Maulana Abdul Aziz feels the heat

I Rights activists protest Aziz’s Taliban sympathy outside Lal Masjid

Islamabad - The clerics and students of Lal Masjid were confronted with an improbable sight Thursday evening.
A large number of protesters, mostly young men and women, dressed in jeans, long coats and hoodies, stood outside and raised slogans against Maulana Abdul Aziz, the head cleric of the mosque, who in a recent television interview, refused to condemn the terror attack on the school in Peshawar.
Maulana Aziz is no strange to controversies and has often hogged headlines due to his statements that have caused revulsion in some sections of the society. But never before did he cause so much outrage that it forced the residents of the capital to stage a protest against him.
Islamabadites are used to witnessing the followers of Maulana protest often — and even take law into their hands. In 2007, the students of Lal Masjid went on a vigilante rampage in Islamabad, forcing females not to drive on the roads and kidnapping some after accusing them of moral turpitude. The females students of the adjacent Jamia Hafsa, wielding sticks and covered head to toe in black burqas, would also come out on the streets and demand to enforce their own version of religion in the country.
Thursday evening was unprecedented as a small but expressive group of protesters turned the tables on the Maulana.
The protest was organised by Jibran Nasir, a rights activist who hails from Karachi. The protesters started gathering outside Lal Masjid at 6 p.m. They shouted slogans against Maulana Aziz and lit up candles in memory of the school children, who were brutally murdered by the Taliban militants.
“Today we have reclaimed G-6 sector from the clutches of Red Mosque. This protest indicates that liberal forces too have the right to disagree with the ideology of Maulana Abdul Aziz,” said Kapil Dev, one of the protesters. “Let them (religious students) shoot me dead. Being a Hindu, I will continue my voice for the innocent students of Peshawar.”
“Abdul Aziz is still a sympathiser of Taliban,”Jibran Nasir, who had contested election in NA-250 Karachi as independent candidate against PTI leader Arif Alvi, said while addressing the charged crowd.
The protesters shouted in support and condemned the cleric. Soon, the students of the seminary emerged and both groups started exchanging hot words.
A heavy contingent of police and elite force reached the venue, followed by Rangers troops.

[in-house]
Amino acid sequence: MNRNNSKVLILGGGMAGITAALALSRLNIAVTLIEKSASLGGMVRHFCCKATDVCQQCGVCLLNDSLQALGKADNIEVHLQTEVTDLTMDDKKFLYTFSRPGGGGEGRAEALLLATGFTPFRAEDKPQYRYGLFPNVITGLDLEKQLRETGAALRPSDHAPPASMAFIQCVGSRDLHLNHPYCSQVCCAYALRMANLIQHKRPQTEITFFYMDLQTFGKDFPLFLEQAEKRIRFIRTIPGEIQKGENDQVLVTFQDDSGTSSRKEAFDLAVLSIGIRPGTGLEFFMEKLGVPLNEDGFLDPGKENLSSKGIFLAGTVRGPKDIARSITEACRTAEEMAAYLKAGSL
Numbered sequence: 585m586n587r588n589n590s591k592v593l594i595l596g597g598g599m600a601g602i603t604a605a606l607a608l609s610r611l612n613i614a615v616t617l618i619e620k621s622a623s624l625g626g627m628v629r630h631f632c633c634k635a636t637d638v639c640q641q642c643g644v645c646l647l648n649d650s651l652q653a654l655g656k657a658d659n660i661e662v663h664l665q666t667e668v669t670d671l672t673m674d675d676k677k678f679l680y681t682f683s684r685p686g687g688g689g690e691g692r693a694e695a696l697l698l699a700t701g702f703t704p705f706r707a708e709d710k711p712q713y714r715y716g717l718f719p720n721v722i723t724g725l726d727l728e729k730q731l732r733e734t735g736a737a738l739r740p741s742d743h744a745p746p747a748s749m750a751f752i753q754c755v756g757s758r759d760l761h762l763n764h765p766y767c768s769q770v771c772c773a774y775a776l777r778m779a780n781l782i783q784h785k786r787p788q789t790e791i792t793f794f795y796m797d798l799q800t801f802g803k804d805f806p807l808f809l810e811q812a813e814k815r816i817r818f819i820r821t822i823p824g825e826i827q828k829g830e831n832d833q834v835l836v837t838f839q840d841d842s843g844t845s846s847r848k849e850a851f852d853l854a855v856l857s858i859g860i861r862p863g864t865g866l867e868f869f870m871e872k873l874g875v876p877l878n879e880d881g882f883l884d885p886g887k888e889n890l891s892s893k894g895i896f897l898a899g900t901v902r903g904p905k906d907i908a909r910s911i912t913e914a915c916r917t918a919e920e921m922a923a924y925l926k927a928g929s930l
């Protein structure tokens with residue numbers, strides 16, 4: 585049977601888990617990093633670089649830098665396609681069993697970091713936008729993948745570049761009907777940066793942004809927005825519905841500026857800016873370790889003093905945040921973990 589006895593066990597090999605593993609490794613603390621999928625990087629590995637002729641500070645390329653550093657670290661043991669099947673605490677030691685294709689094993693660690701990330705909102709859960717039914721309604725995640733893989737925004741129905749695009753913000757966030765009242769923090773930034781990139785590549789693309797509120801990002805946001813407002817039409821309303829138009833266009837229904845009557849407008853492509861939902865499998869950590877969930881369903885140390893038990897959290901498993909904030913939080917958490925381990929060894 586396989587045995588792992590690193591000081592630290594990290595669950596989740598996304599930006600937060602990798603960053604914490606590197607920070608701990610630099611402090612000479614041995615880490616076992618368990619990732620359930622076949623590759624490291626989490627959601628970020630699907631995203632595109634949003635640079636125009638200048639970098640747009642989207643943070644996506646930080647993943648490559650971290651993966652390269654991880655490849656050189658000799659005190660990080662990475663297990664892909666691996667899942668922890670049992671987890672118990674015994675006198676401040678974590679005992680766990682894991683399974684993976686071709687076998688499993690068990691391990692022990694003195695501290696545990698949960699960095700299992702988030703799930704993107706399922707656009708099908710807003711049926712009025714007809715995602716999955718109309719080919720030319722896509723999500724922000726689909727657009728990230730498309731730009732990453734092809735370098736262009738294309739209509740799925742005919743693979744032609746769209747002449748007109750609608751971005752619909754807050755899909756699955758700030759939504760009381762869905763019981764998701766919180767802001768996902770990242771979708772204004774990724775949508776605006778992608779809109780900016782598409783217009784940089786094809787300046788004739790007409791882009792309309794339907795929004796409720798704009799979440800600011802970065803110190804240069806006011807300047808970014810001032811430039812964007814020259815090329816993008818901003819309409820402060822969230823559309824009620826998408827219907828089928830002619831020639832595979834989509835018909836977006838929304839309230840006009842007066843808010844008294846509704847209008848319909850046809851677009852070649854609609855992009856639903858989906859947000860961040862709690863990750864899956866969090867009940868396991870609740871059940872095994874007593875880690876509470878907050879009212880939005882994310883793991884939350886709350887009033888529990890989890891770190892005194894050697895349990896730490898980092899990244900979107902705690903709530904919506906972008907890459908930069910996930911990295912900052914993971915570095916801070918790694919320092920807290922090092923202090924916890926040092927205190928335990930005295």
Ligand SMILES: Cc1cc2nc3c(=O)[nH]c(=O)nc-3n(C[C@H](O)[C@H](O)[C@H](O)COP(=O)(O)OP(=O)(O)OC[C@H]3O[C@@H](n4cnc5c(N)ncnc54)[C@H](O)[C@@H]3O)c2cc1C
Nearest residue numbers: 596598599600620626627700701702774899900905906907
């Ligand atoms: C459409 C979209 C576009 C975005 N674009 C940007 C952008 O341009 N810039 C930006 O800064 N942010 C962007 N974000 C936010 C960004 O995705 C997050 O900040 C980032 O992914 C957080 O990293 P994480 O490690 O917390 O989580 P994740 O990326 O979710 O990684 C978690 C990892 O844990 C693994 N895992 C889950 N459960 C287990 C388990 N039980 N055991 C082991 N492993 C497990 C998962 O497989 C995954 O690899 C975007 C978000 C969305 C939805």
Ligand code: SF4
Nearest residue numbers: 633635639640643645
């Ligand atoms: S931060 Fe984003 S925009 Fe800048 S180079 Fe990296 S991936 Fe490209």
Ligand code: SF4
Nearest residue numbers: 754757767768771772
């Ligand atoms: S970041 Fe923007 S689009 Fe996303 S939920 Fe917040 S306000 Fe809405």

“We will not leave the venue until we register our protest. We will not let Islamabad taken hostage by students of orthodox religious seminaries,” Jibran said, undeterred.
“Lal Masjid should openly condemn Taliban otherwise the government should take action against it,” he demanded.
Temperature flared when protesters chanted slogans like ‘Down with Abdul Aziz’, ‘Hang him’,  triggering Senior Superintendent of Police (SSP) Islamabad Asmatullah Junejo to personally request the participants to disperse as soon as possible.
But the angry activists refused to budge, arguing that if religious groups had the right to protest outside Lal Masjid then others should also be allowed to protest.
The protesters said they will remain outside the mosque until a resolution is passed that included reopening of cases against Maulana Abdul Aziz besides asking private televisions to stop interviews of radical Islamists as it was spreading religious intolerance and extremism in the society.
The protesters further said that they wanted to offer prayers inside Lal Masjid for the families of the victims but police and the mosque’s administration did not allow, fearing it could escalate into a clash with the religious students inside the mosque.
The protesters then exhorted Maulana Aziz to come out - even in burqa, some protesters shouted -and publicly condemn the Peshawar attack.
In response, there was no sign of the Maulana but his students, some of who were wielding sticks, threatened to come out of the mosque premises.
SSP Junejo ordered his men, who were in riot gear, to form two rows so that the competing groups would not get a chance to come closer.
Rights activists finished their speeches and started dispersing peacefully but vowed to return today (Friday).
Feeling the pressure, a statement was later issued from Shuhada Foundation of Lal Masjid that condemned the Peshawar attack as an attack on humanity and demanded a judicial inquiry.
However, not surprisingly, the group left a caveat. “The mastermind of the attack was either India or Israel as the weapons used in the terrorist incident were India-made,” the statement read.

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